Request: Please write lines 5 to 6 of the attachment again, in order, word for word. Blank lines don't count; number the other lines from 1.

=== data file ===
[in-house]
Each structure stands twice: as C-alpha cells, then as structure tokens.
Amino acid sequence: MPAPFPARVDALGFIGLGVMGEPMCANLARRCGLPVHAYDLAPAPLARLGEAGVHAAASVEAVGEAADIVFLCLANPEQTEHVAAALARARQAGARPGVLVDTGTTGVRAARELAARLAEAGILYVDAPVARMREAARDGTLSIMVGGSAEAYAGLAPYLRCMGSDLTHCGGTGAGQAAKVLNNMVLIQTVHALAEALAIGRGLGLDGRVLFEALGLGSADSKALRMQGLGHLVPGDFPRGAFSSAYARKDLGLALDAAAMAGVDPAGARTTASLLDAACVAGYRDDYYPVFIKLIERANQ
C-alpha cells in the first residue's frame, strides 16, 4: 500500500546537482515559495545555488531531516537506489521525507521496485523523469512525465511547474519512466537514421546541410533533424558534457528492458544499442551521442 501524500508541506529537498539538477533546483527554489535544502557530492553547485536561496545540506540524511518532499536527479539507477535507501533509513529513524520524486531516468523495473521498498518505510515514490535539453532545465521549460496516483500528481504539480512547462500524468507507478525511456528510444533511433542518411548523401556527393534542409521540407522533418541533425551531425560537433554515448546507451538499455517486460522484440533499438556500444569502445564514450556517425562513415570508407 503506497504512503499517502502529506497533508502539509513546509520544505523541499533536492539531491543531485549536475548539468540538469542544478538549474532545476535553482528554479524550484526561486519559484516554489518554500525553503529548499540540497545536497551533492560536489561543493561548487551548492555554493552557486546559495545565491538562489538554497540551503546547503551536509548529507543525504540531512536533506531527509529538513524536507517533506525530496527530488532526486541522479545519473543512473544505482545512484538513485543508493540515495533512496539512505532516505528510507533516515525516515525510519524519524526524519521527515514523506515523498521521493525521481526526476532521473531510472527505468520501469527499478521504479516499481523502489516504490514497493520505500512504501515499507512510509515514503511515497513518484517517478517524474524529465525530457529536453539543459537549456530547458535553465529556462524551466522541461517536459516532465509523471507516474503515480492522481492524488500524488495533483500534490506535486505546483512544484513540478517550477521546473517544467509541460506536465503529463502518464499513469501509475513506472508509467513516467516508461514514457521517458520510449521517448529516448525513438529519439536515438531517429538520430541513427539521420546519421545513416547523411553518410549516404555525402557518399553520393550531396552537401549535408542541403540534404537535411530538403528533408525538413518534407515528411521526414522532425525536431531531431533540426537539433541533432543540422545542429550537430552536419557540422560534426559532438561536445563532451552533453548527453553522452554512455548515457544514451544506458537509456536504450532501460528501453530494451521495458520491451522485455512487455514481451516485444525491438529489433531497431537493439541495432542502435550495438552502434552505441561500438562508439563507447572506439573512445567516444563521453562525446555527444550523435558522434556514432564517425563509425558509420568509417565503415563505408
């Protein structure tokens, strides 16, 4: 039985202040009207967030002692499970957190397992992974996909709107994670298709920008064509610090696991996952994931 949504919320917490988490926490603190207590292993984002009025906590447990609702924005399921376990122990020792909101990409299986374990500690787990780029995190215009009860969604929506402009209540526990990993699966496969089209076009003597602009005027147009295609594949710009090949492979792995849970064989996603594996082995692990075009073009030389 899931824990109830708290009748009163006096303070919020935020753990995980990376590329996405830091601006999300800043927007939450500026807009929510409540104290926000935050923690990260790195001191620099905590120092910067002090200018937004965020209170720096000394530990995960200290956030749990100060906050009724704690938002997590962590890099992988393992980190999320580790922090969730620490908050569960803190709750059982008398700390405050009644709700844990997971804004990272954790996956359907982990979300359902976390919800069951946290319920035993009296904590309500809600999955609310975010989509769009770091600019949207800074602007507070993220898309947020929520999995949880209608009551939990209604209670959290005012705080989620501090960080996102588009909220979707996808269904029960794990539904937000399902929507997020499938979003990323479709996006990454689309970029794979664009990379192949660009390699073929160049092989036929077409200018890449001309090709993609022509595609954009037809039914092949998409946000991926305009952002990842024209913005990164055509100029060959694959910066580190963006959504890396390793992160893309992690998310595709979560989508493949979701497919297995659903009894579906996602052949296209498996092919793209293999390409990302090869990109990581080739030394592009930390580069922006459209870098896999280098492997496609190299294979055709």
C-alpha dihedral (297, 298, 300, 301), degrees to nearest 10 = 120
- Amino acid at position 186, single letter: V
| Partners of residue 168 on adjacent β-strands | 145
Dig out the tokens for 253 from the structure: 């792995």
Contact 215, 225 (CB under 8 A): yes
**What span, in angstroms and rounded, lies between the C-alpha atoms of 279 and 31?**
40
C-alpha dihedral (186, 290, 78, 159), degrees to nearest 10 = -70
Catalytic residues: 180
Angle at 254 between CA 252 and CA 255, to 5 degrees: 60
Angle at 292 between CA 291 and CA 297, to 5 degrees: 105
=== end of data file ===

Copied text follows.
């Protein structure tokens, strides 16, 4: 039985202040009207967030002692499970957190397992992974996909709107994670298709920008064509610090696991996952994931 949504919320917490988490926490603190207590292993984002009025906590447990609702924005399921376990122990020792909101990409299986374990500690787990780029995190215009009860969604929506402009209540526990990993699966496969089209076009003597602009005027147009295609594949710009090949492979792995849970064989996603594996082995692990075009073009030389 899931824990109830708290009748009163006096303070919020935020753990995980990376590329996405830091601006999300800043927007939450500026807009929510409540104290926000935050923690990260790195001191620099905590120092910067002090200018937004965020209170720096000394530990995960200290956030749990100060906050009724704690938002997590962590890099992988393992980190999320580790922090969730620490908050569960803190709750059982008398700390405050009644709700844990997971804004990272954790996956359907982990979300359902976390919800069951946290319920035993009296904590309500809600999955609310975010989509769009770091600019949207800074602007507070993220898309947020929520999995949880209608009551939990209604209670959290005012705080989620501090960080996102588009909220979707996808269904029960794990539904937000399902929507997020499938979003990323479709996006990454689309970029794979664009990379192949660009390699073929160049092989036929077409200018890449001309090709993609022509595609954009037809039914092949998409946000991926305009952002990842024209913005990164055509100029060959694959910066580190963006959504890396390793992160893309992690998310595709979560989508493949979701497919297995659903009894579906996602052949296209498996092919793209293999390409990302090869990109990581080739030394592009930390580069922006459209870098896999280098492997496609190299294979055709």
C-alpha dihedral (297, 298, 300, 301), degrees to nearest 10 = 120